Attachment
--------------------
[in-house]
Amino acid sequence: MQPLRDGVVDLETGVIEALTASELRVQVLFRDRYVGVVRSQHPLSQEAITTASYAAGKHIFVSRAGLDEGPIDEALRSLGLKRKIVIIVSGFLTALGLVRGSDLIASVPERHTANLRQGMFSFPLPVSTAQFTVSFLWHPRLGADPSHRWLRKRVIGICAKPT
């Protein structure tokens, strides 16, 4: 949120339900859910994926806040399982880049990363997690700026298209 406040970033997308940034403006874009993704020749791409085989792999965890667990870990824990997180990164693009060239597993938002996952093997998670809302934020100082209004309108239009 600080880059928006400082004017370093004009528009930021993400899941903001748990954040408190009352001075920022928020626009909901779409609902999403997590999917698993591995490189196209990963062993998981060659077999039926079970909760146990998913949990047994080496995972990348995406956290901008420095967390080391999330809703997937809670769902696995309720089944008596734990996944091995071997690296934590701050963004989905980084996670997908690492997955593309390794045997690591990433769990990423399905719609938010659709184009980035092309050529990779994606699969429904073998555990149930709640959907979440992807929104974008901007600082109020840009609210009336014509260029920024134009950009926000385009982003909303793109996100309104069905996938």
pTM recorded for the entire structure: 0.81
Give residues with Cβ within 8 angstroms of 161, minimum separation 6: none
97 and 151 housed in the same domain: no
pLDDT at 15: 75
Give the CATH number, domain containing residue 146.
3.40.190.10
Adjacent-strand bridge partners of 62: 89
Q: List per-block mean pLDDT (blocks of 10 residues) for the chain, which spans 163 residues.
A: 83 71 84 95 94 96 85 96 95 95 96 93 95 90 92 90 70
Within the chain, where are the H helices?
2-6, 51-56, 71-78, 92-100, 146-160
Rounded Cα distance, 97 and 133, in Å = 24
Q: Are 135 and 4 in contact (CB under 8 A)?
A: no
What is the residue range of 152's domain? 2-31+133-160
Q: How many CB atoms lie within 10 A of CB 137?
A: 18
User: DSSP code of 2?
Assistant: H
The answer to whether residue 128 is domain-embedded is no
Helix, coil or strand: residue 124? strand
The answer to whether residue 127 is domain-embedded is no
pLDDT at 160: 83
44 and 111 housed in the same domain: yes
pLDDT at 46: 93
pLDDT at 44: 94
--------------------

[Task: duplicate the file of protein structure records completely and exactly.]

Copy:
[in-house]
Amino acid sequence: MQPLRDGVVDLETGVIEALTASELRVQVLFRDRYVGVVRSQHPLSQEAITTASYAAGKHIFVSRAGLDEGPIDEALRSLGLKRKIVIIVSGFLTALGLVRGSDLIASVPERHTANLRQGMFSFPLPVSTAQFTVSFLWHPRLGADPSHRWLRKRVIGICAKPT
């Protein structure tokens, strides 16, 4: 949120339900859910994926806040399982880049990363997690700026298209 406040970033997308940034403006874009993704020749791409085989792999965890667990870990824990997180990164693009060239597993938002996952093997998670809302934020100082209004309108239009 600080880059928006400082004017370093004009528009930021993400899941903001748990954040408190009352001075920022928020626009909901779409609902999403997590999917698993591995490189196209990963062993998981060659077999039926079970909760146990998913949990047994080496995972990348995406956290901008420095967390080391999330809703997937809670769902696995309720089944008596734990996944091995071997690296934590701050963004989905980084996670997908690492997955593309390794045997690591990433769990990423399905719609938010659709184009980035092309050529990779994606699969429904073998555990149930709640959907979440992807929104974008901007600082109020840009609210009336014509260029920024134009950009926000385009982003909303793109996100309104069905996938």
pTM recorded for the entire structure: 0.81
Give residues with Cβ within 8 angstroms of 161, minimum separation 6: none
97 and 151 housed in the same domain: no
pLDDT at 15: 75
Give the CATH number, domain containing residue 146.
3.40.190.10
Adjacent-strand bridge partners of 62: 89
Q: List per-block mean pLDDT (blocks of 10 residues) for the chain, which spans 163 residues.
A: 83 71 84 95 94 96 85 96 95 95 96 93 95 90 92 90 70
Within the chain, where are the H helices?
2-6, 51-56, 71-78, 92-100, 146-160
Rounded Cα distance, 97 and 133, in Å = 24
Q: Are 135 and 4 in contact (CB under 8 A)?
A: no
What is the residue range of 152's domain? 2-31+133-160
Q: How many CB atoms lie within 10 A of CB 137?
A: 18
User: DSSP code of 2?
Assistant: H
The answer to whether residue 128 is domain-embedded is no
Helix, coil or strand: residue 124? strand
The answer to whether residue 127 is domain-embedded is no
pLDDT at 160: 83
44 and 111 housed in the same domain: yes
pLDDT at 46: 93
pLDDT at 44: 94